Re: Knowledge Base and Online Docs

Subject: Re: Knowledge Base and Online Docs
From: Ruth Glaser <rglaser -at- DATAWORKSMPLS -dot- COM>
Date: Mon, 27 Oct 1997 08:14:23 -0600


Not exactly the same scenario, we don't have an internal "help desk",
but our phone support people use a massive knowledgebase (kb) to search
for answers to customers' questions. We also supply online help and a
little printed documentation with our product.

In addition to online help and kb documents, consider any other
documents that get created: release notes, installation instructions,
installation and training schedules, FAQs, etc. What are all the pieces
of information that a helpdesk person or field engineer will need to
access to do his/her job? (To determine this, do their job for a short
period of time. If you can't, watch and talk to them - notice the post
it notes attached to their monitors. What are all the papers hanging in
their cubes? What are their most frequently accessed documents?) These
should all be documents in a knowledgebase so they are searchable and so
access can be monitored.

To answer your questions:

Compatibility is a huge issue!!! We use Apriori by Platinum for our kb.
It runs in a UNIX environment and has a closed database (i.e., you can
only access documents created in Apriori through it -- you can not
access any word docs or online help through Apriori.)

This is a gigantic problem. What if I create a piece of knowledge and
don't store it in the kb? What if I create the knowledge in online help?
Or store it as a Word document instead? (This often happens because
graphics are needed or Word is the tool of choice for the person
creating the doc.) The knowledge is lost because it can not be searched
upon and used again.

Also, consider the time it takes to search multiple databases of
information. If I'm a helpdesk person, and a person calls with a
question, I search help to see if I find anything, then I enter an
entirely different environment and search the kb. Then I search the
papers scattered on my desk for the latest memo that came out on the
topic . . .Very time consuming.

Also, if you have online help in a separate database or as a separate
format, how are you going to track how often it is used to solve
problems? Tracking and searching are key features of a kb. Searching
gives you the answers at the touch of a button. Tracking lets you know
which areas in your product or your docs to improve. It also helps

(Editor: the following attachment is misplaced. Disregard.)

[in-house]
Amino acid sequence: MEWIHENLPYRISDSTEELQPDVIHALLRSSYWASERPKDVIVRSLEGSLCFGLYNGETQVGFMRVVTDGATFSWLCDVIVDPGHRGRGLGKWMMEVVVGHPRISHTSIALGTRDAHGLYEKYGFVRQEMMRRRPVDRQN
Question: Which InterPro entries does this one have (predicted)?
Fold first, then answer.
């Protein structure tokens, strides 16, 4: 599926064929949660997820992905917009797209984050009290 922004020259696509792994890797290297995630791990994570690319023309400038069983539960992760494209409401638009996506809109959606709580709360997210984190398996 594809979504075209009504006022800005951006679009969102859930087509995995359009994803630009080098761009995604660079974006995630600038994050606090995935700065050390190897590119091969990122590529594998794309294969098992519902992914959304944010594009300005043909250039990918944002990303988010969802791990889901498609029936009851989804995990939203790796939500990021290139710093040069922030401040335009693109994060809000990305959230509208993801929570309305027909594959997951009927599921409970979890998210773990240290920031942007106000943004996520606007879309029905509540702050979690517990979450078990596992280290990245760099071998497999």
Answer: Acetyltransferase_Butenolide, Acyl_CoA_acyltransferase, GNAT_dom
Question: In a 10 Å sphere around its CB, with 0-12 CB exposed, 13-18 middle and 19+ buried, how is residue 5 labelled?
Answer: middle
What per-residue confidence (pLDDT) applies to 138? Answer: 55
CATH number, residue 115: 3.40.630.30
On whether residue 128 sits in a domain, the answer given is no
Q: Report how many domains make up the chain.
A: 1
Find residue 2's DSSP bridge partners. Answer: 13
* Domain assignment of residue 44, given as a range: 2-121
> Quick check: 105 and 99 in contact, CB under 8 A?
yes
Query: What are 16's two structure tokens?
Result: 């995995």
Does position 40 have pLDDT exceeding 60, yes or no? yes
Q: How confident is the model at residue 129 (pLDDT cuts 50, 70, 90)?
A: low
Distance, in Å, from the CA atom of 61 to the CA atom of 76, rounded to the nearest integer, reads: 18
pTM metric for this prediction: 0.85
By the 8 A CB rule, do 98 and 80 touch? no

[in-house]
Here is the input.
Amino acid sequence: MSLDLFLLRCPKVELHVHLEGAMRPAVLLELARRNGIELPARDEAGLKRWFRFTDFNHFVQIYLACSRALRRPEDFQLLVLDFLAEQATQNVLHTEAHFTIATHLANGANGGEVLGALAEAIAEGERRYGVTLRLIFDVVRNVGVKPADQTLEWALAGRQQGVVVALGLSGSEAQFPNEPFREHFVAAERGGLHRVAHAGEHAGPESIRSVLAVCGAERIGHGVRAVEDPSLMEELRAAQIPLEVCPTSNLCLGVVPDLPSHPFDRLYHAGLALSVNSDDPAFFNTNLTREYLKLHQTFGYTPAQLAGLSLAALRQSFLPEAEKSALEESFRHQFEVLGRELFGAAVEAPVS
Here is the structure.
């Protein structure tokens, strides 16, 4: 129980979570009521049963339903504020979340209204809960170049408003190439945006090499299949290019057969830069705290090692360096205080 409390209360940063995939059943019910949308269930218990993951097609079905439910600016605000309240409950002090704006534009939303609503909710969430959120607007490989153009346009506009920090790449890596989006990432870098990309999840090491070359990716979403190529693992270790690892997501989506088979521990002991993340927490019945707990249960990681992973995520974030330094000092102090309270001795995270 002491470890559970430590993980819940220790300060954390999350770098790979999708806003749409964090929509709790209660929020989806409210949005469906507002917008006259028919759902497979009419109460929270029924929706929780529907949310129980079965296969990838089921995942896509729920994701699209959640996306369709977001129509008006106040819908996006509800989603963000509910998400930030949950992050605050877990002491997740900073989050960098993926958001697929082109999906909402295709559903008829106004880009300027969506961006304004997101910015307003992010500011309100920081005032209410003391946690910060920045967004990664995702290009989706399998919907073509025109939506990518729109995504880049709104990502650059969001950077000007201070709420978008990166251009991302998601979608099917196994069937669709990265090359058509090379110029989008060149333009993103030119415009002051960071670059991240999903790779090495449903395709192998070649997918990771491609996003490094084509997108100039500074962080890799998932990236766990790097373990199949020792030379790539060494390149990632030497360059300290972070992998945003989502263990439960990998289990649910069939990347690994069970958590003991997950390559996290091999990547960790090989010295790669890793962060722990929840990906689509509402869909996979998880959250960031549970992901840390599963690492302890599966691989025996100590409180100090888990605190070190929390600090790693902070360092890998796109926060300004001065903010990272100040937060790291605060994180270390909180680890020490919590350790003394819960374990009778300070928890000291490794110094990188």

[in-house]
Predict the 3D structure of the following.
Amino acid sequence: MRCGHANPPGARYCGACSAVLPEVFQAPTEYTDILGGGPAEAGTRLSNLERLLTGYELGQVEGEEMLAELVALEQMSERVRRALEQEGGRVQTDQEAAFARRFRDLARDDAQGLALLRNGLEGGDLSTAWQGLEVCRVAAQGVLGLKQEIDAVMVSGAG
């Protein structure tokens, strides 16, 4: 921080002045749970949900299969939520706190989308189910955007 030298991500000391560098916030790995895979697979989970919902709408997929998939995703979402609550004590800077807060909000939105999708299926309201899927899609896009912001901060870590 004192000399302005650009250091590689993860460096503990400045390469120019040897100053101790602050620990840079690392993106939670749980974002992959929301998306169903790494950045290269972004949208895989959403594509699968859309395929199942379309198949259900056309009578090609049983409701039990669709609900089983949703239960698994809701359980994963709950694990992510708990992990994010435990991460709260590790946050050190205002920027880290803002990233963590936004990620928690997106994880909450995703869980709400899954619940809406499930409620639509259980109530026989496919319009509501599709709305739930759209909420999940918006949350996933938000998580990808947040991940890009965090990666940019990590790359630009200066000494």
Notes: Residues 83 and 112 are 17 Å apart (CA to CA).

determine which features are needed in future releases.

We are currently exploring scrapping our kb in favor of an open
database. One thing you will want is an interface to is your automatic
call distribution (ACD) system if you have one. I can't imagine having
the expertise and time to develop something like this in-house. However,
there are few commercially available systems for this. The solution I
predict will be a hybrid: commercial application with an open database
with some custom programming to suit our particular environment.

As for a CD-ROM, we do produce a CD ROM of our kb and distribute it to
customers quarterly. The problem is that our kb is dynamic and could
potentially be updated with each new call. So, the minute we produce a
CD, it is out of date. Noe, we give our users direct access to documents
(with an approved status) in our kb via the internet.

As for gov't sites not allowing internet access, could you install high
speed modems on the FE's laptops and give them dialup access to your kb?
I'm not sure about this, but won't the gov't let them use their own
internet software/account to access the internet? Please post more
questions if I can help.

rglaser -at- dataworksmpls -dot- com

-----Original Message-----
From: Annalee Foster [SMTP:scripta -at- GJ -dot- NET]
Sent: Friday, October 24, 1997 12:22 PM
Subject: Knowledge Base and Online Docs

Hi all,

I have two issues:

1. Anybody have any experience with the compatibility of a help
knowledge base and online service documentation?

Our help desk is in the discussion stages of developing their
base so that when a customer is on the phone they can look up
information about a given problem.

I am in the process of recommending on-line documenation
solutions for our service manuals which include procedures and system

Is there some criteria that we should be matching in these two
systems, or is it only important that we be able to link back and forth
as needed?

2. The purpose of the online service manuals is so that field
can access information via laptops. This would include
pertinent assembly drawings and schematics. The in-house
consensus is
that no way will the FE's wait to download drawings, not to
mention some
government sites won't allow web access from their sites.

Anybody have any experience with this? Is it a problem? How
has it
been dealt with?
The help desk is suggesting putting everything on CD ROM -- an
idea I am
opposed to, but maybe I'm just not seeing it correctly.

Any suggestions are appreciated.


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